While a number of European countries are endeavoring to rein in their state sponsored pension regimes, a move is afoot here to augment the Canada Pension Plan (CPP). Fortunately, Finance Minister Jim Flaherty has, at least for now, reversed his support for the idea. It’s good news, too, that he has gotten his provincial counterparts onside.
Going into today’s meeting of provincial and federal finance ministers, a coalition of union leaders and six provinces were insisting the CPP be expanded to help fund the retirements of an estimated 11 million Canadians without employer sponsored plans. Â Currently, the CPP pays a maximum of $11,200 per year, which is roughly 1/3 of median individual income.Â Reformers would like to see that proportion go up, with Paul Moist of the Canadian Union of Public Employees (CUPE), for example, calling for an increase to 50% of pre-retirement income . People can always save more by contributing to their Registered Retirement Savings Plans (RRSP). But it’s argued that individuals are either unable, or don’t do enough, to take advantage of this private pension alternative.
Here are five reasons to oppose an expansion of the CPP:
1. There is little evidence that those who are already retired, or soon to be,Â are in financial straits. As Jack Mintz recently pointed out in The Financial Post, people over 65 have generally paid down all their debt. Many have equity in their homes as well as other assets.Â The poor among the elderly can also rely on Old Age Security, the Guaranteed Income Supplement, not to mention coverage of their health care.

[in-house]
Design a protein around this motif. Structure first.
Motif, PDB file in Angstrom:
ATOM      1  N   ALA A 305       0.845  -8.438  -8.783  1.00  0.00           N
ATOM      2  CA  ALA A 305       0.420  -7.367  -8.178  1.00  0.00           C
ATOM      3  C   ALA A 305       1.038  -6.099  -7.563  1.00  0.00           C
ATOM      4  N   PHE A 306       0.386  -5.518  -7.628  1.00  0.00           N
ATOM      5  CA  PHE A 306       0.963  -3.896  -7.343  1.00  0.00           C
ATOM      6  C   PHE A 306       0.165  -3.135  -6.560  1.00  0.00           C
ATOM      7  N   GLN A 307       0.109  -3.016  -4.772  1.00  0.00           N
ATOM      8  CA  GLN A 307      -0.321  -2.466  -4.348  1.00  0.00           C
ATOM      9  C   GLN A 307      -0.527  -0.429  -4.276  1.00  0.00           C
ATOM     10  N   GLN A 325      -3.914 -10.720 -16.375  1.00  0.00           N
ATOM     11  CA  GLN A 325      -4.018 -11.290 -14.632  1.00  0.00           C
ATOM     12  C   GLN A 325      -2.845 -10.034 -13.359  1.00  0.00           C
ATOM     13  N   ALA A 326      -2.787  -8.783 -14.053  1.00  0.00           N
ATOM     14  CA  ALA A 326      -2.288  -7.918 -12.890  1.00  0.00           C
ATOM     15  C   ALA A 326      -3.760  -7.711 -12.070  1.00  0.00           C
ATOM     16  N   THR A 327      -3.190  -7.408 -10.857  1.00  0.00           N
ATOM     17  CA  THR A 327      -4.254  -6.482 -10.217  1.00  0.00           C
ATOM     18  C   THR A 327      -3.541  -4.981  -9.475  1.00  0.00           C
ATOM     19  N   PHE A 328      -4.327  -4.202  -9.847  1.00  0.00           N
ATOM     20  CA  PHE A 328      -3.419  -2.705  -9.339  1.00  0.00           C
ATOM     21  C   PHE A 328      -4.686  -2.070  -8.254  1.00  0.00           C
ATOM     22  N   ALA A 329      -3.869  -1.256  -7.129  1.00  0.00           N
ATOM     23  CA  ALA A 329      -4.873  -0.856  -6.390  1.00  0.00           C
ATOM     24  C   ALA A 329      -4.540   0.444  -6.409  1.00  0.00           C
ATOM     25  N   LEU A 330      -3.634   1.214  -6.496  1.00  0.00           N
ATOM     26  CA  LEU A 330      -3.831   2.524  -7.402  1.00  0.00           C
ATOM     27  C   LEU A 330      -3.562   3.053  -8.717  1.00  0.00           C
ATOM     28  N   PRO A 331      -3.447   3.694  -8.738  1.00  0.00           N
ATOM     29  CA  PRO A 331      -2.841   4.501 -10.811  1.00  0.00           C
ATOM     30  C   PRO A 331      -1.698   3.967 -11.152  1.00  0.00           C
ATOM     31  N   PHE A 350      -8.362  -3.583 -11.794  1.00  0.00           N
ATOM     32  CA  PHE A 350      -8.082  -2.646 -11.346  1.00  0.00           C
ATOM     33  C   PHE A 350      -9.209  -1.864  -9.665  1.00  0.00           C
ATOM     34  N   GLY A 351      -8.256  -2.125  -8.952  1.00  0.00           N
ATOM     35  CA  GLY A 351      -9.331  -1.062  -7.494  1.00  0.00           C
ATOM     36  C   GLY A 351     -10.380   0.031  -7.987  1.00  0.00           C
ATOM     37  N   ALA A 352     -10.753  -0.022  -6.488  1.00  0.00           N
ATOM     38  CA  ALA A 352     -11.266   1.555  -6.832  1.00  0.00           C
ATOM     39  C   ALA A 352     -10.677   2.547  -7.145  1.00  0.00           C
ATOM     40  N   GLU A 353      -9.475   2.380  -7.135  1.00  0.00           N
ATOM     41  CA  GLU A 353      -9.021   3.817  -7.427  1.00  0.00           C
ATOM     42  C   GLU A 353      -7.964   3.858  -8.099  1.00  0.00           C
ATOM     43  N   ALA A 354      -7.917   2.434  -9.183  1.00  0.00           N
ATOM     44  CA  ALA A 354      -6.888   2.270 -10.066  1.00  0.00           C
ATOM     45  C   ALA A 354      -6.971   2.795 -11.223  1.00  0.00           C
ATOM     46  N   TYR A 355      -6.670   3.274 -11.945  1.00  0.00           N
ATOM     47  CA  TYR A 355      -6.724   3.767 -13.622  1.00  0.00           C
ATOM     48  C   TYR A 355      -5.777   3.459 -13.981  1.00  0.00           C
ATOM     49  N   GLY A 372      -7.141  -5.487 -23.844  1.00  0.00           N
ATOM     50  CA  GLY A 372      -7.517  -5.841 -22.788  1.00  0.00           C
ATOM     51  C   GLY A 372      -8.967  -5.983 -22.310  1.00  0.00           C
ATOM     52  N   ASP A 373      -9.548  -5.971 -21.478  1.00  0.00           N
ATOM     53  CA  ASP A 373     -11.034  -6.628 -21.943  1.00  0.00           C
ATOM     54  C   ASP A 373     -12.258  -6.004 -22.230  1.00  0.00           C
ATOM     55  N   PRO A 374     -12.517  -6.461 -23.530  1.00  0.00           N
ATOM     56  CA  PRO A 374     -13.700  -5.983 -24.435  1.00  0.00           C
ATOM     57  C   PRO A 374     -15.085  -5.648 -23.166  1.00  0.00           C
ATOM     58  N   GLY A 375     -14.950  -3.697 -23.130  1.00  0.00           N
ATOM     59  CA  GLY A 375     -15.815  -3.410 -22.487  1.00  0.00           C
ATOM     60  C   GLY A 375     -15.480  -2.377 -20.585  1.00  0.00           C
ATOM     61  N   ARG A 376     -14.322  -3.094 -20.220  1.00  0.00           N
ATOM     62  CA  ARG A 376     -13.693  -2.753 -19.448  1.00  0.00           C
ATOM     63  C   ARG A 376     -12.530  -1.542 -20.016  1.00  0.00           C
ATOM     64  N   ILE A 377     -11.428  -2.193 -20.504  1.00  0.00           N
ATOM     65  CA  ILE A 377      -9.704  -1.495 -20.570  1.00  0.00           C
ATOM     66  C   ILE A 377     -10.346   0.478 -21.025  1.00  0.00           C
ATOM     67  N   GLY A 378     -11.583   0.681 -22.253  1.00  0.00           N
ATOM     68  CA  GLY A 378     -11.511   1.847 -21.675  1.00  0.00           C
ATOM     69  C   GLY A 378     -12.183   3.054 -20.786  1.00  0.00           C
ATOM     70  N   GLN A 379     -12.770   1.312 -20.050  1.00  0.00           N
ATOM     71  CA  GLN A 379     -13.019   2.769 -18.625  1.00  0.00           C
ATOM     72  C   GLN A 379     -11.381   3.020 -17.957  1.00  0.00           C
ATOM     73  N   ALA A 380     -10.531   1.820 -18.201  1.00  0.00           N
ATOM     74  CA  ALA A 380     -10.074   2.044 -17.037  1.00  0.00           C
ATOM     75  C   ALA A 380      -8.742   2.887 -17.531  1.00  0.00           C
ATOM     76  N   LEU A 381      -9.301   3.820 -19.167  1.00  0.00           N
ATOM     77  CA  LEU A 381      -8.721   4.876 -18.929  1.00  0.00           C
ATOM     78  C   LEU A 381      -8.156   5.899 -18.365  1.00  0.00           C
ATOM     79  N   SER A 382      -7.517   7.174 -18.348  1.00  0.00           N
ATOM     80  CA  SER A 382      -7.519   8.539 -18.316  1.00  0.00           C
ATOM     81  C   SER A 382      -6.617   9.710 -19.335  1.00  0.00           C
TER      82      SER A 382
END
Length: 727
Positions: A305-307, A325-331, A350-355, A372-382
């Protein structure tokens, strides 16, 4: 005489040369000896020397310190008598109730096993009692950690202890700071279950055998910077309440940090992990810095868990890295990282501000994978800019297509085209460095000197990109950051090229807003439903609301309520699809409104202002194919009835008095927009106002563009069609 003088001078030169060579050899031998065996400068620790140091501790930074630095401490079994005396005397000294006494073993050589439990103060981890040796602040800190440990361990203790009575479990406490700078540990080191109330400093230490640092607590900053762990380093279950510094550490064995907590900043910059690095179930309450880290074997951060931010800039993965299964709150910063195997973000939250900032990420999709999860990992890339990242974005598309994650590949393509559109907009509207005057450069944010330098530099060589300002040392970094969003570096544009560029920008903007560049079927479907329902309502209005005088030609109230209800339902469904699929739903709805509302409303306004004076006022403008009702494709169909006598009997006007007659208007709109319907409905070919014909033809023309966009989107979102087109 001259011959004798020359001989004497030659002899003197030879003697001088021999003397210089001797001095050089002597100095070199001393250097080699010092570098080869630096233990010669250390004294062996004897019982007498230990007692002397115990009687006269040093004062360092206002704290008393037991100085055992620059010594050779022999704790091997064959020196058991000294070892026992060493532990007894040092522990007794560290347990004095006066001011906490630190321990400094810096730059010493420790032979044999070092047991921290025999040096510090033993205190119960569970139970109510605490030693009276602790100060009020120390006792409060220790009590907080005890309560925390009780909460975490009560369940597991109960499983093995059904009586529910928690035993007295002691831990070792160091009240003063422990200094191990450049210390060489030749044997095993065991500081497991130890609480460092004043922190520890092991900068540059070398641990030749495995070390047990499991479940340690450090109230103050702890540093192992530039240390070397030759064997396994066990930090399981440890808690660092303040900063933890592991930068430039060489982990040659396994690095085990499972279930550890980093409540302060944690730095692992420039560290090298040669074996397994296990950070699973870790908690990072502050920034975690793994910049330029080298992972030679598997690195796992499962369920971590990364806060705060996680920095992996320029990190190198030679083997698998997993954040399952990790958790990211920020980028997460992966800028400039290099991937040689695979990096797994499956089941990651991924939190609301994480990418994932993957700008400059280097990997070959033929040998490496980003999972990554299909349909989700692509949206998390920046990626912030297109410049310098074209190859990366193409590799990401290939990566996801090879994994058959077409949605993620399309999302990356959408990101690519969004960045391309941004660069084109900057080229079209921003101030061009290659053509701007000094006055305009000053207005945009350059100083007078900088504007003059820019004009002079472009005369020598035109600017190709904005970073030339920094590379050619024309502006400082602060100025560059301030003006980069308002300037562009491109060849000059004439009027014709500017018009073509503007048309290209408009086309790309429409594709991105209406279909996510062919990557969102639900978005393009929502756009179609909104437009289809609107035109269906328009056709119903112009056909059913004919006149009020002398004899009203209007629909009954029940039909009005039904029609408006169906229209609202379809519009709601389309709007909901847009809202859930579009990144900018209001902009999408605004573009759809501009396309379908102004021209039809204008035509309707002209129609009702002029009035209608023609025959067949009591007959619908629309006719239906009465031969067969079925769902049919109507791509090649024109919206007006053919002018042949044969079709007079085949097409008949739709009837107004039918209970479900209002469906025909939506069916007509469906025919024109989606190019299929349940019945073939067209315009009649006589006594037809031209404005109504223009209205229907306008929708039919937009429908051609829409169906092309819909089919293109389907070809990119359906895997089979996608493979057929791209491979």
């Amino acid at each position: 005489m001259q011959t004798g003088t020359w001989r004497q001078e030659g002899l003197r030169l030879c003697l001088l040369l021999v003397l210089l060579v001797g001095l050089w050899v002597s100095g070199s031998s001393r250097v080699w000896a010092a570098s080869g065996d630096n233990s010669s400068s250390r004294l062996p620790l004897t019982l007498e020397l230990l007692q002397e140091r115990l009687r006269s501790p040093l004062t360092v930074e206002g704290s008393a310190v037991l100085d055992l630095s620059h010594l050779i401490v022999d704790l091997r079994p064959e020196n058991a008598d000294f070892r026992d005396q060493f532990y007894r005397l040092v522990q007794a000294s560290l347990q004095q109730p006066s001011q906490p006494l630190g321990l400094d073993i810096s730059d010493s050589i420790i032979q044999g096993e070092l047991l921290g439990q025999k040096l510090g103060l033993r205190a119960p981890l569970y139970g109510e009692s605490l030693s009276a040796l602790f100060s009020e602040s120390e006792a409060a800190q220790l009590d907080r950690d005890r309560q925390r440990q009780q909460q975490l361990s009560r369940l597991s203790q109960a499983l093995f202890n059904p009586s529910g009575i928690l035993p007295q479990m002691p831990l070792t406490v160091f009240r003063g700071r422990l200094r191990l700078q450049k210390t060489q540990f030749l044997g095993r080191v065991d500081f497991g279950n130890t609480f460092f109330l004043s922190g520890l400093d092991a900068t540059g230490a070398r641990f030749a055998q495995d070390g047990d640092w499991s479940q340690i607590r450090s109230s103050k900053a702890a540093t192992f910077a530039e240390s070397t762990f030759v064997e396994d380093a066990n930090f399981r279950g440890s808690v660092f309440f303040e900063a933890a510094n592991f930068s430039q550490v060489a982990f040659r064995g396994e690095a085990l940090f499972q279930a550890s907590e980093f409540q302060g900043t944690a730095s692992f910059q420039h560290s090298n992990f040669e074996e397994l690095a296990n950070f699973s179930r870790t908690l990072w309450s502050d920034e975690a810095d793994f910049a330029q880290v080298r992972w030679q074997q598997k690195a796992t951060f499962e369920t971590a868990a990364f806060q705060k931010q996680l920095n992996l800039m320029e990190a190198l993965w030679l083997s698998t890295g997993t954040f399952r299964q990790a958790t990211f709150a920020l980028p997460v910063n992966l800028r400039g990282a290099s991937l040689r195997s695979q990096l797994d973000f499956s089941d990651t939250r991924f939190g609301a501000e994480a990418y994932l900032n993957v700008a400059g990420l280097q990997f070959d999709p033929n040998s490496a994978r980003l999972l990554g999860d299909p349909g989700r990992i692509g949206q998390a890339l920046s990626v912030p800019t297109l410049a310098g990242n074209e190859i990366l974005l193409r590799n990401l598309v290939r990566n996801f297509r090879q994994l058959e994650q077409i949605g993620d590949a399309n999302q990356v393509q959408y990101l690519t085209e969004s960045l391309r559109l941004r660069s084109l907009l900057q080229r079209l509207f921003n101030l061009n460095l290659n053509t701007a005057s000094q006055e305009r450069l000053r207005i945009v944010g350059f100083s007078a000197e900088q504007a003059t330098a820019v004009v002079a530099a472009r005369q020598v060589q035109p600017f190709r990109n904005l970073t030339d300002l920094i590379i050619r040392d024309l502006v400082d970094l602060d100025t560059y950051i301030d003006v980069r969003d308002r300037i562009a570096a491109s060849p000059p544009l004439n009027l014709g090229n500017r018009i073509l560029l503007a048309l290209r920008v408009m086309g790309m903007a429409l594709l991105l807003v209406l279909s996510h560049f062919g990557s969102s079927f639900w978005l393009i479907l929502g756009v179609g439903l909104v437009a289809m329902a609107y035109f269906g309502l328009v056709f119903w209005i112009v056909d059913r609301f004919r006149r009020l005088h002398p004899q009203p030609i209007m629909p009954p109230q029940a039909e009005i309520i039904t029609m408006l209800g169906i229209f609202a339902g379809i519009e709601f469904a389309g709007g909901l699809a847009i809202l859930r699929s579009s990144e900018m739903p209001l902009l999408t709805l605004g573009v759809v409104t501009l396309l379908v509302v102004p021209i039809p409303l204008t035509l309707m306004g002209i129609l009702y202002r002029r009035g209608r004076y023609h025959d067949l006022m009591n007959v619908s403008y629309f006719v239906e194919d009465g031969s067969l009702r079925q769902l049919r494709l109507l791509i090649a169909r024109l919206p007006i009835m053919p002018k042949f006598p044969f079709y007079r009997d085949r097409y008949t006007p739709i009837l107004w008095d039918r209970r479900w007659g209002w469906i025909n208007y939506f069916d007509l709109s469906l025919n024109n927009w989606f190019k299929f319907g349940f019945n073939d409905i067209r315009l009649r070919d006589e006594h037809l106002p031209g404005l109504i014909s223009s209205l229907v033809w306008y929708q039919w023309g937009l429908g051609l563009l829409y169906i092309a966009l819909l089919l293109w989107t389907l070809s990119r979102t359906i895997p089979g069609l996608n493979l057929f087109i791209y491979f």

2. The enhancement of the CPP would require higher payroll taxes. These are equivalent to an increase in wage costs for employers. And the laws of economics cannot be evaded: higher prices for labour means lower employer demand for it, everything else remaining equal. Ergo, fewer jobs.
3. The lack of private plans for workers at small to medium sized firms, in addition to the self-employed, can be dealt with by making it easier for these parties to pool their resources and offer such plans in tandem with private investment management companies. This is what Flaherty has proposed.
4.Â A bigger CPP pool of funds with which to make investments further raises the already existing risk that politicians will be tempted to direct that money towards their ideological projects.
5.Â Instead of exacting more from their employers andÂ pay cheques, individualsÂ are free to take that money and set it aside for their old-age. The counter-argument is that people are both short-sighted and too undisciplined to save enough on their own. Still, it does no good to encourage those tendencies by making people believe the state is going to take care of them.Â More importantly, it’s more in keeping with individual dignity if people are afforded the opportunity, and responsibility, of making their own decisions.